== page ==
cash flow calculation methods will give you the same answers when you work with
these equations. You might feel like approaching the same information and data
from three different angles.

How does Free Cash Flow Calculation Affect Your
Business?

As mentioned earlier, free cash
flow is useful for the health of your business. Firms with healthy free cash
flow are financially stable to meet the bills and investments every month. Plus,
they also have leftover funds that they usually distribute among dividends and
shareholders. Man firms use this extra fund to seize opportunities to help them
generate more revenues through acquisitions of innovative products.

That is to say, if your business
is booming and has high free cash flow, it is an indication that it is doing well
and you should consider expanding it. Conversely, if it fails to generate good
free cash flow, you might need to consider restructuring it as there are
remaining funds after the basic expenses.

However, it is important to
understand that poor free cash flow doesn’t always indicate a failing business.
It might be expected even when your business is pursuing growth. Development
and acquisition of new products are temporarily subtracted from the main
capital. That is the reason why most of the investors tend to work with the
businesses that have high free cash flow. These businesses are generally considered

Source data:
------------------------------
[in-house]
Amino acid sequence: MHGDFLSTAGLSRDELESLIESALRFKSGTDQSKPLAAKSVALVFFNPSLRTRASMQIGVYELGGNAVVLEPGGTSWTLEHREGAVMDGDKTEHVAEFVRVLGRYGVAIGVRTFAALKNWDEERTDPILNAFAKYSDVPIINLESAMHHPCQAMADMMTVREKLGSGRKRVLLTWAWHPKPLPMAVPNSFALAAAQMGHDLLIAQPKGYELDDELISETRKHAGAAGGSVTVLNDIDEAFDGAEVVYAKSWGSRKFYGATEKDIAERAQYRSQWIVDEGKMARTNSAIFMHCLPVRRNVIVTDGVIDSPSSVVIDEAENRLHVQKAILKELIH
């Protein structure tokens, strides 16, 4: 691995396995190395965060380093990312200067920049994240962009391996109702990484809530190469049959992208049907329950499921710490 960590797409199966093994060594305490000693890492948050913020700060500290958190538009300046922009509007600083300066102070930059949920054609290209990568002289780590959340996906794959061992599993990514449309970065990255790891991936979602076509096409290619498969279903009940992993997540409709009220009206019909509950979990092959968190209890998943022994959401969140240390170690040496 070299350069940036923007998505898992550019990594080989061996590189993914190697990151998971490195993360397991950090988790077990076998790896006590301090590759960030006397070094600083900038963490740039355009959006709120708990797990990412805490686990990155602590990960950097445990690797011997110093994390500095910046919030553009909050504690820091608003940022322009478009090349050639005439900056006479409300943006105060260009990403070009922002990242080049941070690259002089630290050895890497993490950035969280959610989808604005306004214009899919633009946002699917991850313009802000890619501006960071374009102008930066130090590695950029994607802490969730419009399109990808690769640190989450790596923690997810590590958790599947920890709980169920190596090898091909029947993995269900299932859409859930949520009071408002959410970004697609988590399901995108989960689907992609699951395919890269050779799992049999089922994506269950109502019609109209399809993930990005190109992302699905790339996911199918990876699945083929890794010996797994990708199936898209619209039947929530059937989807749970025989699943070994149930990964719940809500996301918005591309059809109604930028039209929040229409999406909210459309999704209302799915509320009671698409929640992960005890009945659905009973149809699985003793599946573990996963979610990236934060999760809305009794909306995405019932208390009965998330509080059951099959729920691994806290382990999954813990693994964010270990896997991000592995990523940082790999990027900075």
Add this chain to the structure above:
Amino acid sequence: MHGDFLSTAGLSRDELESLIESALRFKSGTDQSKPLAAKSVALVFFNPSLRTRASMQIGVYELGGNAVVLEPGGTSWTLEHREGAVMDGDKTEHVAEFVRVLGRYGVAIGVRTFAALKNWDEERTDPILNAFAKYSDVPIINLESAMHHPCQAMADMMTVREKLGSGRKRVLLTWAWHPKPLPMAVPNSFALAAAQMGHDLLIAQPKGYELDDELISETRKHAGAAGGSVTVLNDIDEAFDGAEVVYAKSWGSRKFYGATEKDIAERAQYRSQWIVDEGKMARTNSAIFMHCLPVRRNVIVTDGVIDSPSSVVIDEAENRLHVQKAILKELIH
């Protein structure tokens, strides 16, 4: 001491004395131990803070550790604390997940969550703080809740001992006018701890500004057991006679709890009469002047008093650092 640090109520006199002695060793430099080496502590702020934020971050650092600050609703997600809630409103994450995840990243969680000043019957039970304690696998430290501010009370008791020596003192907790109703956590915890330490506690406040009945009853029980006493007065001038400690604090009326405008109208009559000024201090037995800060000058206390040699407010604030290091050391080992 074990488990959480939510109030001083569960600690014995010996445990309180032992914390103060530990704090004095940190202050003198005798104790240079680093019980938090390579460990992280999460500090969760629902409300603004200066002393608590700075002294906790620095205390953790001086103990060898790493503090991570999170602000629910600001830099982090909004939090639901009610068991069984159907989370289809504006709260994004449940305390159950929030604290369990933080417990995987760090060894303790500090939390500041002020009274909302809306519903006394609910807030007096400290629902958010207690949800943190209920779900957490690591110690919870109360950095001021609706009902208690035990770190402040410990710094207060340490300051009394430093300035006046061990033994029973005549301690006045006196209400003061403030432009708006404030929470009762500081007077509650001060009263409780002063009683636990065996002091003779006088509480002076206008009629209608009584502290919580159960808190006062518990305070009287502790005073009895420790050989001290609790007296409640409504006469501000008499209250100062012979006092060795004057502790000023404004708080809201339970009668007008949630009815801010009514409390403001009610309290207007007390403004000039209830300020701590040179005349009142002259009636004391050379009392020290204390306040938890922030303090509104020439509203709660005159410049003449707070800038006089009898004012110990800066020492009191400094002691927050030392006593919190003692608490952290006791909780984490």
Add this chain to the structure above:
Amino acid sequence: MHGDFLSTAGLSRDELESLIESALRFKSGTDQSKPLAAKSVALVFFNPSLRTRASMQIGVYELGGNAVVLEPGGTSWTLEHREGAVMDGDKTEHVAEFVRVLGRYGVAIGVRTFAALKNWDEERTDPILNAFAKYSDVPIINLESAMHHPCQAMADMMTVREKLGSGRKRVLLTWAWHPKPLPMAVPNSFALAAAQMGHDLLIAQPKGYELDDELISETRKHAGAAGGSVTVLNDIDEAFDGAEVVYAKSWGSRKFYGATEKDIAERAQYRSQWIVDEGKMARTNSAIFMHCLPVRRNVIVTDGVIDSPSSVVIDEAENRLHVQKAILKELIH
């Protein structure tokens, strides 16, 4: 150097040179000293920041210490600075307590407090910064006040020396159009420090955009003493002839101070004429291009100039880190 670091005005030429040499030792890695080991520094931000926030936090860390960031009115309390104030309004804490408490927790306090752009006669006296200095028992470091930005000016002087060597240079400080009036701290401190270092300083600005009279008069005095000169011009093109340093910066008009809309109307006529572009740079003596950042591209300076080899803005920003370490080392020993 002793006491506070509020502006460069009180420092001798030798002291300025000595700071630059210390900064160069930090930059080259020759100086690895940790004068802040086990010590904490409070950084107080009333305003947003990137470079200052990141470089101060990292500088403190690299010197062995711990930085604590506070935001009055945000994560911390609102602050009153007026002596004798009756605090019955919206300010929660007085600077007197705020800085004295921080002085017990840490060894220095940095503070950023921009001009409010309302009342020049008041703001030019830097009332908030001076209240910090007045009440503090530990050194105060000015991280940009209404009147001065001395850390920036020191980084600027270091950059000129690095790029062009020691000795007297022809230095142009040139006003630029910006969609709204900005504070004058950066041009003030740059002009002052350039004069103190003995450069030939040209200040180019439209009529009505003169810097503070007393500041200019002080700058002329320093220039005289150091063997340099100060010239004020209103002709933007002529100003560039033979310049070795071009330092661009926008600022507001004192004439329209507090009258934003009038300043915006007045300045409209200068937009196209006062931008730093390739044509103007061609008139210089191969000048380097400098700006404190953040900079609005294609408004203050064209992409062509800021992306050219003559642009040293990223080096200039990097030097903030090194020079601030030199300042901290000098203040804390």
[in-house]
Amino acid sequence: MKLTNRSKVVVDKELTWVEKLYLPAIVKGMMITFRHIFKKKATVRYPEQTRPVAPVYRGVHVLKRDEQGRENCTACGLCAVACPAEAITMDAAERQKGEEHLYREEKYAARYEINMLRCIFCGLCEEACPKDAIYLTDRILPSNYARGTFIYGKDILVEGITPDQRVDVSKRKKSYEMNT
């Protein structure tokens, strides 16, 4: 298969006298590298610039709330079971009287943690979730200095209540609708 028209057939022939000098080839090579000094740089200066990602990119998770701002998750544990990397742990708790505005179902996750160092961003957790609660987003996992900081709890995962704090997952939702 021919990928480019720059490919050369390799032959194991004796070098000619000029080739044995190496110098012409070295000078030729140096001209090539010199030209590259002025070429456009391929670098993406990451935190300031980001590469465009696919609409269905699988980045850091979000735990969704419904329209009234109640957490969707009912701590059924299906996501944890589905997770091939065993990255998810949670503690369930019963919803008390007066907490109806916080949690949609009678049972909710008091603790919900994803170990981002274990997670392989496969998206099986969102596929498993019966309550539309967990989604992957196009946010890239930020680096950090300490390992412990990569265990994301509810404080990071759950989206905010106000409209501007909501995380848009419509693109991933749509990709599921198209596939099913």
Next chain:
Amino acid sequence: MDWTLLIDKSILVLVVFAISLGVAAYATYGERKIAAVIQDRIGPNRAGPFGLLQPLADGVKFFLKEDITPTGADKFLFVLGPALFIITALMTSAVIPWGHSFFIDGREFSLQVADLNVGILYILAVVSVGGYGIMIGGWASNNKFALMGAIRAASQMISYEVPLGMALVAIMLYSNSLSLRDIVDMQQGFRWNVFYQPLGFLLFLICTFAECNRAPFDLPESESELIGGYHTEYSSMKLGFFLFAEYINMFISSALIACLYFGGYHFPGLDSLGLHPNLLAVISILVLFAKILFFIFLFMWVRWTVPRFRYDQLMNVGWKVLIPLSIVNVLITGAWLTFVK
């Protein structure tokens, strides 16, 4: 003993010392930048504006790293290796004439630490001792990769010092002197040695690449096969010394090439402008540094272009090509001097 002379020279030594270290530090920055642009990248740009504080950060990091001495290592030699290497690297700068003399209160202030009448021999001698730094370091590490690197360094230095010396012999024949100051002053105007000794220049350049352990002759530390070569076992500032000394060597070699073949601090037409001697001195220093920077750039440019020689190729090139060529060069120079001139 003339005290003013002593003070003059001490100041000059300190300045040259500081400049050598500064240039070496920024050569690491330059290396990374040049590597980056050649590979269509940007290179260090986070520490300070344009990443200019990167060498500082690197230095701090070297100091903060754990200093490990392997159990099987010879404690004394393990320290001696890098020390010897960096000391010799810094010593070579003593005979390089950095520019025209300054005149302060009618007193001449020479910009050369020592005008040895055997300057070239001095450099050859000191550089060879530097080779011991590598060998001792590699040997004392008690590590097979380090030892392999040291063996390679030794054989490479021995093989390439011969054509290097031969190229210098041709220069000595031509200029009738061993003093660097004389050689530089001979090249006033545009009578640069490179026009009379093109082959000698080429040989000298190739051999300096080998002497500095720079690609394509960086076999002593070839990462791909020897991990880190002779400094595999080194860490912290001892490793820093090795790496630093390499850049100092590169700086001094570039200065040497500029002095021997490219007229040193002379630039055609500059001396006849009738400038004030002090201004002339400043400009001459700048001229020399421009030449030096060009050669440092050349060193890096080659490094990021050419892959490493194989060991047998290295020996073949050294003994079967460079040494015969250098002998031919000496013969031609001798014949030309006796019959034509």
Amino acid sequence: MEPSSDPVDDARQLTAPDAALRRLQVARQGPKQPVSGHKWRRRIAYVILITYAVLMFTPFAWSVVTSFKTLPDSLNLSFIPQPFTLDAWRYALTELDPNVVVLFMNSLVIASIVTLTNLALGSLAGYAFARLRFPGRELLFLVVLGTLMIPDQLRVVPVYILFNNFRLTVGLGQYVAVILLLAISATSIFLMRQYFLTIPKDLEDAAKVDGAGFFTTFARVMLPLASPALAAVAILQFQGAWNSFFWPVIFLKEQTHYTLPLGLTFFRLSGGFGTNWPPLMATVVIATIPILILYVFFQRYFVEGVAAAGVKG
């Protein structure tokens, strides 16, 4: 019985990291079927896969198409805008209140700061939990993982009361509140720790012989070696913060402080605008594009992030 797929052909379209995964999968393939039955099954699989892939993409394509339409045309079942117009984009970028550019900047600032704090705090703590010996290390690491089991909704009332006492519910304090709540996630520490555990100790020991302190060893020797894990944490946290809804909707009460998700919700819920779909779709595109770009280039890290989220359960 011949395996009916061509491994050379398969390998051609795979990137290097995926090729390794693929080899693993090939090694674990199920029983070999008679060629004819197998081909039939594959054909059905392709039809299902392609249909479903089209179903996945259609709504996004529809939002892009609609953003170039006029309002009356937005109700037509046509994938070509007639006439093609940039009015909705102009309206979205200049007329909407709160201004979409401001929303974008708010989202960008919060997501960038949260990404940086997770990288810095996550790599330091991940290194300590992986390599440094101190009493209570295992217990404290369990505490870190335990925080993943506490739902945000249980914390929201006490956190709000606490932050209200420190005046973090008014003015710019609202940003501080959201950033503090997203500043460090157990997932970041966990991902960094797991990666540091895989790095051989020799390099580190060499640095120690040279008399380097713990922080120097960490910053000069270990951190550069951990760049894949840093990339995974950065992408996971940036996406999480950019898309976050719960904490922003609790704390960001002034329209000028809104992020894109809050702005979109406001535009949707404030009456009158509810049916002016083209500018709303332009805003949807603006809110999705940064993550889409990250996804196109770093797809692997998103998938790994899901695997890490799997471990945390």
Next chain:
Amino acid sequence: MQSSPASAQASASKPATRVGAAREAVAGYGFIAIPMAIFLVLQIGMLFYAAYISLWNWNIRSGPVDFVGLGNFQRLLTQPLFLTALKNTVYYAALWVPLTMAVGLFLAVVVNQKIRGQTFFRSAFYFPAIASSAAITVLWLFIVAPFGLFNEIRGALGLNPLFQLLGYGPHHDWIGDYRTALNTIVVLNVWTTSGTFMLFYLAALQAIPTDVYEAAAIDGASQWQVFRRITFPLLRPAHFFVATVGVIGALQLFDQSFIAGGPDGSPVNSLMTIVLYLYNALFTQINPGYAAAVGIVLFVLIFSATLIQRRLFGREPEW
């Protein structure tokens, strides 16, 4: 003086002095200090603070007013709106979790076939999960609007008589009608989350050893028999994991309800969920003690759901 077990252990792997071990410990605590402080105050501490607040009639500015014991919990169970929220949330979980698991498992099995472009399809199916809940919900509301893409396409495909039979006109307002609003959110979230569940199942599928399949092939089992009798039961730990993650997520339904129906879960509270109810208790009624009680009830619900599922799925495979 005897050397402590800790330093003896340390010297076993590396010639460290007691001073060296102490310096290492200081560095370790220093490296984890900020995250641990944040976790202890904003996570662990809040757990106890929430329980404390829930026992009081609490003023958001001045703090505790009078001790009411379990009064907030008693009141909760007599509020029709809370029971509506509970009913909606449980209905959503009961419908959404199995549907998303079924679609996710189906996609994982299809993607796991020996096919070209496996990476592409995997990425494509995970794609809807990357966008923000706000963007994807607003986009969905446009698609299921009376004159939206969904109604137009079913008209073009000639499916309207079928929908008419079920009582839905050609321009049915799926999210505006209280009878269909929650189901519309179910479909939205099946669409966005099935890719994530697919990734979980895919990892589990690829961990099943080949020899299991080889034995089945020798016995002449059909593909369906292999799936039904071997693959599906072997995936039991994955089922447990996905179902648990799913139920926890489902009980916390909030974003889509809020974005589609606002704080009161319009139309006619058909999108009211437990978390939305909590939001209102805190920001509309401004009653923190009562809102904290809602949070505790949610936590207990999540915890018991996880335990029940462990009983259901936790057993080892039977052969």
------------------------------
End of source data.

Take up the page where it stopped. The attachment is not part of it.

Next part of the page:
healthy with bright prospects. If an investor finds a business that has rising
free cash flow with an undervalued share cost, it may be a great investment
bet.

How can you Benefit from the Free Cash Flow

Since you understand how positive
free cash flow may benefit you by indicating the healthy financial status of
your business, it is better to use this understanding to your advantage. It is
always better to look beyond the figures. Know that established firms have
relatively consistent and healthy free cash flow. New businesses, on the other
hand, are in a state where they need to pour money into growth and
stabilization.

Although it depends on the business
owners how they use the free cash flow, using the funds to expand the
operations, pay shareholders and dividends, invest in new products, research or
to reduce debt is beneficial for the business.

Always remember that companies
that have surging free cash flow due to debt elimination, dividend
distributions, cost reductions, efficiency improvements, or revenue growth can
reward their investors in the future.

In other scenarios, when free
cash flow is shrinking, businesses fail to sustain their growth earnings. Not
only this, insufficient free cash flow for growth forces a business to boost
debt levels. In a worse scenario, a business without enough free cash flow may
not even have the liquidity to sustain.

Final Thoughts

All in all, it is important to find an all-purpose tool that can help you test the fundamentals of your business that seem elusive. Free cash flow calculation is like a performance metric they provide entrepreneurs an opportunity to guard up if their business is not generating enough revenues.